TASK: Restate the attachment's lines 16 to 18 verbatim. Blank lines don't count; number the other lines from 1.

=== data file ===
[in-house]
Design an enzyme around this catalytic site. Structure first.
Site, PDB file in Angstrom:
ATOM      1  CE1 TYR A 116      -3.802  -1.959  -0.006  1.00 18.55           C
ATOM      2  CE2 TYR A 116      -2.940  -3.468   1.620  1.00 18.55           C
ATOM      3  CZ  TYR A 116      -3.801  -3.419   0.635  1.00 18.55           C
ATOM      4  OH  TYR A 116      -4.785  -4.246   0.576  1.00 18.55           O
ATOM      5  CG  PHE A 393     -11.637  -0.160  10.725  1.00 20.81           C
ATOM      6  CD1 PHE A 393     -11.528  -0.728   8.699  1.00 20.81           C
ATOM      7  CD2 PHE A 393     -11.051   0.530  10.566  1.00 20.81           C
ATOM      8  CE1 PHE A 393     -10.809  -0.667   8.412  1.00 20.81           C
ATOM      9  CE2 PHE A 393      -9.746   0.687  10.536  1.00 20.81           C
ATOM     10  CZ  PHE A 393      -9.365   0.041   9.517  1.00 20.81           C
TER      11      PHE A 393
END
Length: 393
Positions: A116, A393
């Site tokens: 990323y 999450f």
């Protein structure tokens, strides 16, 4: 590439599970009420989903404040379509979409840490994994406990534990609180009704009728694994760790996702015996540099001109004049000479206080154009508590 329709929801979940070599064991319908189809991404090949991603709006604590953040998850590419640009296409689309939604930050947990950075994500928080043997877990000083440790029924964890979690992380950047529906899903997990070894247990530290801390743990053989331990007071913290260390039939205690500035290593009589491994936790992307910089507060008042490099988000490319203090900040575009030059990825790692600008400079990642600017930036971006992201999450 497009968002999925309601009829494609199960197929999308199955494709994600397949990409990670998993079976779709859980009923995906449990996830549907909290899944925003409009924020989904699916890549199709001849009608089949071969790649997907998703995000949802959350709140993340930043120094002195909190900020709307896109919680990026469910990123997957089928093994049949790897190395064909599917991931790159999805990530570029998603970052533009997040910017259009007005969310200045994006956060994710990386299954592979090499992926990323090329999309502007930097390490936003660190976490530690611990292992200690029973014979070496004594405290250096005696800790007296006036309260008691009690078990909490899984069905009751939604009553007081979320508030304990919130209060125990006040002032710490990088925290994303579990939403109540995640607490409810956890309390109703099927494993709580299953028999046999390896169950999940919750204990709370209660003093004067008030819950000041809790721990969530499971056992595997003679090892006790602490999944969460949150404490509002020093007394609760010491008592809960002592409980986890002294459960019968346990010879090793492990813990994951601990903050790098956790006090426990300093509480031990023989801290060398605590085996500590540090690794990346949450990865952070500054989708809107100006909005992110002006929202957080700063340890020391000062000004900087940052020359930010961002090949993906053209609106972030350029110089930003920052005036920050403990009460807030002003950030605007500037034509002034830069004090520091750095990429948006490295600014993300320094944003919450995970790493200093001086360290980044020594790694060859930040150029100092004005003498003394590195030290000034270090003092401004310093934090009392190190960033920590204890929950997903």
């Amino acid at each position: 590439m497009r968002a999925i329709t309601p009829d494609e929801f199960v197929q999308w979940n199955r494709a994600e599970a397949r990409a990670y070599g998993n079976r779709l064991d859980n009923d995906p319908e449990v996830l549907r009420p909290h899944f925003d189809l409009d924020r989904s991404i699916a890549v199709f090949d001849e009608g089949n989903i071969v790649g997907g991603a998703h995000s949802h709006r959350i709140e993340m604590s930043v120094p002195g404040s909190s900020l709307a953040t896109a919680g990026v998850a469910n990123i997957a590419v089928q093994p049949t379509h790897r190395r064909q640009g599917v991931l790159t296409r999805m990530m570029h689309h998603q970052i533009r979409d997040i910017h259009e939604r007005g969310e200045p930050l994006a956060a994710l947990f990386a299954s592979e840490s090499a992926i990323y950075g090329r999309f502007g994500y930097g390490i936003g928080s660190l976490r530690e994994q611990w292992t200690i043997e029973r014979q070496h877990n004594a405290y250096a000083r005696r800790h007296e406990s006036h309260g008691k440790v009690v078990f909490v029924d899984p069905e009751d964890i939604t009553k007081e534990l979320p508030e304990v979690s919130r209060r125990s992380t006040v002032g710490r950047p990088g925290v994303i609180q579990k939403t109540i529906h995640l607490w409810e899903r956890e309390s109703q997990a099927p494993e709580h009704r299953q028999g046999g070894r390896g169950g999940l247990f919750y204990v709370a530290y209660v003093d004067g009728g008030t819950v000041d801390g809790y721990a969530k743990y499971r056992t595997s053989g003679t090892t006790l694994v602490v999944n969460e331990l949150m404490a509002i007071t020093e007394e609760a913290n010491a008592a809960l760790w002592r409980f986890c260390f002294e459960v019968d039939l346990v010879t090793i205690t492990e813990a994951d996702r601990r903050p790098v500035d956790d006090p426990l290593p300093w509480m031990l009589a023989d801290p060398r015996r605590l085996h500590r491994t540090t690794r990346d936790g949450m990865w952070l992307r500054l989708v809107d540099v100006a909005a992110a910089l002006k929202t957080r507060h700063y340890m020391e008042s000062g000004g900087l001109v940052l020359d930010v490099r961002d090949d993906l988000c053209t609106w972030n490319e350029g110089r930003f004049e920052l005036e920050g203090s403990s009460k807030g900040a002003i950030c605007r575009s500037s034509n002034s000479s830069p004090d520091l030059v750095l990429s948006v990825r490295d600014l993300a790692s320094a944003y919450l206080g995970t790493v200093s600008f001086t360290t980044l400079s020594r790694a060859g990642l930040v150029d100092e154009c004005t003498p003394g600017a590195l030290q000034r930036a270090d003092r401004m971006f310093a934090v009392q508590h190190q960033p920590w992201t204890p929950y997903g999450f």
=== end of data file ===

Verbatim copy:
Length: 393
Positions: A116, A393
């Site tokens: 990323y 999450f």